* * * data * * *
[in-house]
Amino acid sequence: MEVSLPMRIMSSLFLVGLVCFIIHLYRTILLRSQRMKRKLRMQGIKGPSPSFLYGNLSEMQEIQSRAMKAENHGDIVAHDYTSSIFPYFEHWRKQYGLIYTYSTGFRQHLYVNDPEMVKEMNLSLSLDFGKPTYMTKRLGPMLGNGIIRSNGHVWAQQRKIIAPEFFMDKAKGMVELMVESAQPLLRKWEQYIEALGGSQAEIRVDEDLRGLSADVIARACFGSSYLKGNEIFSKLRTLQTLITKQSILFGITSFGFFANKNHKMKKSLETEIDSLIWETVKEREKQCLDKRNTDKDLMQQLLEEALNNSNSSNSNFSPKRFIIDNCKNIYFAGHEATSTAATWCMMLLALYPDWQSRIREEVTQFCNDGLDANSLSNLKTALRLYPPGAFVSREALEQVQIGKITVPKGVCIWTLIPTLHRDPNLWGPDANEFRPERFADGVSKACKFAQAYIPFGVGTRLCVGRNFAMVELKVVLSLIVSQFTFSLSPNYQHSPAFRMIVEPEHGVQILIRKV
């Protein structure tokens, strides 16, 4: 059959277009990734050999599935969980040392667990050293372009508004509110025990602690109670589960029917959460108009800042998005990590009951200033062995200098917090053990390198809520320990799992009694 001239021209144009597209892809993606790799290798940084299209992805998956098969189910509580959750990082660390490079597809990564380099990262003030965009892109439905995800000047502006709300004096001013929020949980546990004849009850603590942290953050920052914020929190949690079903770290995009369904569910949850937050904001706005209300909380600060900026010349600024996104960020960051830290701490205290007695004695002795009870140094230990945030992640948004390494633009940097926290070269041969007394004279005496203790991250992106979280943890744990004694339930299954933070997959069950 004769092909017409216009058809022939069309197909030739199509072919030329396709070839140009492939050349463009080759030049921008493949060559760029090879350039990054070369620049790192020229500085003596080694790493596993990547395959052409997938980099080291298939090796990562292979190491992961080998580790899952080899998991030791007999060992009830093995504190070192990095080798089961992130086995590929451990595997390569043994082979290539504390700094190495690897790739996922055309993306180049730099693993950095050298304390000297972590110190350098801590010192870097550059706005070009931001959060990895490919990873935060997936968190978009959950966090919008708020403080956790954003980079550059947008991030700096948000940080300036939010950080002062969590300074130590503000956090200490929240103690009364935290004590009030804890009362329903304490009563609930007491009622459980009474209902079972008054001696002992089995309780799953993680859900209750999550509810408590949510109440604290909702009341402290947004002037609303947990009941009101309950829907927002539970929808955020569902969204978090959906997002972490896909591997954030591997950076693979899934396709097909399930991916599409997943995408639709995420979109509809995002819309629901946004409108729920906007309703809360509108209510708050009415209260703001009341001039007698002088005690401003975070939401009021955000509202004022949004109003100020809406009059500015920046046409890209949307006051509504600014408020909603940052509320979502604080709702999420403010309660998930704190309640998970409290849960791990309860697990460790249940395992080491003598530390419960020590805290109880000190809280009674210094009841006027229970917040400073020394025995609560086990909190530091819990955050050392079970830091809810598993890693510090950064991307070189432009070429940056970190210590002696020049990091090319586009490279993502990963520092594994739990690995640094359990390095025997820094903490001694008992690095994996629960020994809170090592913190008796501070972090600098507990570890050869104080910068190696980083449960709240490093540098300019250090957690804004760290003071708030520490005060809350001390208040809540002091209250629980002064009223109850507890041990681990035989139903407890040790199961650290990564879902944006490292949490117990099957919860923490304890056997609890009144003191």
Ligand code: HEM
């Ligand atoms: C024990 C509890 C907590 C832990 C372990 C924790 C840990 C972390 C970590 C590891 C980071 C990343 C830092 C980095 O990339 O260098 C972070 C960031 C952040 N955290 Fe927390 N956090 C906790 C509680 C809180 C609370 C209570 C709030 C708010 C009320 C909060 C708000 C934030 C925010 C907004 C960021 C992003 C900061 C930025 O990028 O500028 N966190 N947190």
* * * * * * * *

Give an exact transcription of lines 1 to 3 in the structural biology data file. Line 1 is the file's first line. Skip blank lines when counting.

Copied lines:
[in-house]
Amino acid sequence: MEVSLPMRIMSSLFLVGLVCFIIHLYRTILLRSQRMKRKLRMQGIKGPSPSFLYGNLSEMQEIQSRAMKAENHGDIVAHDYTSSIFPYFEHWRKQYGLIYTYSTGFRQHLYVNDPEMVKEMNLSLSLDFGKPTYMTKRLGPMLGNGIIRSNGHVWAQQRKIIAPEFFMDKAKGMVELMVESAQPLLRKWEQYIEALGGSQAEIRVDEDLRGLSADVIARACFGSSYLKGNEIFSKLRTLQTLITKQSILFGITSFGFFANKNHKMKKSLETEIDSLIWETVKEREKQCLDKRNTDKDLMQQLLEEALNNSNSSNSNFSPKRFIIDNCKNIYFAGHEATSTAATWCMMLLALYPDWQSRIREEVTQFCNDGLDANSLSNLKTALRLYPPGAFVSREALEQVQIGKITVPKGVCIWTLIPTLHRDPNLWGPDANEFRPERFADGVSKACKFAQAYIPFGVGTRLCVGRNFAMVELKVVLSLIVSQFTFSLSPNYQHSPAFRMIVEPEHGVQILIRKV
């Protein structure tokens, strides 16, 4: 059959277009990734050999599935969980040392667990050293372009508004509110025990602690109670589960029917959460108009800042998005990590009951200033062995200098917090053990390198809520320990799992009694 001239021209144009597209892809993606790799290798940084299209992805998956098969189910509580959750990082660390490079597809990564380099990262003030965009892109439905995800000047502006709300004096001013929020949980546990004849009850603590942290953050920052914020929190949690079903770290995009369904569910949850937050904001706005209300909380600060900026010349600024996104960020960051830290701490205290007695004695002795009870140094230990945030992640948004390494633009940097926290070269041969007394004279005496203790991250992106979280943890744990004694339930299954933070997959069950 004769092909017409216009058809022939069309197909030739199509072919030329396709070839140009492939050349463009080759030049921008493949060559760029090879350039990054070369620049790192020229500085003596080694790493596993990547395959052409997938980099080291298939090796990562292979190491992961080998580790899952080899998991030791007999060992009830093995504190070192990095080798089961992130086995590929451990595997390569043994082979290539504390700094190495690897790739996922055309993306180049730099693993950095050298304390000297972590110190350098801590010192870097550059706005070009931001959060990895490919990873935060997936968190978009959950966090919008708020403080956790954003980079550059947008991030700096948000940080300036939010950080002062969590300074130590503000956090200490929240103690009364935290004590009030804890009362329903304490009563609930007491009622459980009474209902079972008054001696002992089995309780799953993680859900209750999550509810408590949510109440604290909702009341402290947004002037609303947990009941009101309950829907927002539970929808955020569902969204978090959906997002972490896909591997954030591997950076693979899934396709097909399930991916599409997943995408639709995420979109509809995002819309629901946004409108729920906007309703809360509108209510708050009415209260703001009341001039007698002088005690401003975070939401009021955000509202004022949004109003100020809406009059500015920046046409890209949307006051509504600014408020909603940052509320979502604080709702999420403010309660998930704190309640998970409290849960791990309860697990460790249940395992080491003598530390419960020590805290109880000190809280009674210094009841006027229970917040400073020394025995609560086990909190530091819990955050050392079970830091809810598993890693510090950064991307070189432009070429940056970190210590002696020049990091090319586009490279993502990963520092594994739990690995640094359990390095025997820094903490001694008992690095994996629960020994809170090592913190008796501070972090600098507990570890050869104080910068190696980083449960709240490093540098300019250090957690804004760290003071708030520490005060809350001390208040809540002091209250629980002064009223109850507890041990681990035989139903407890040790199961650290990564879902944006490292949490117990099957919860923490304890056997609890009144003191």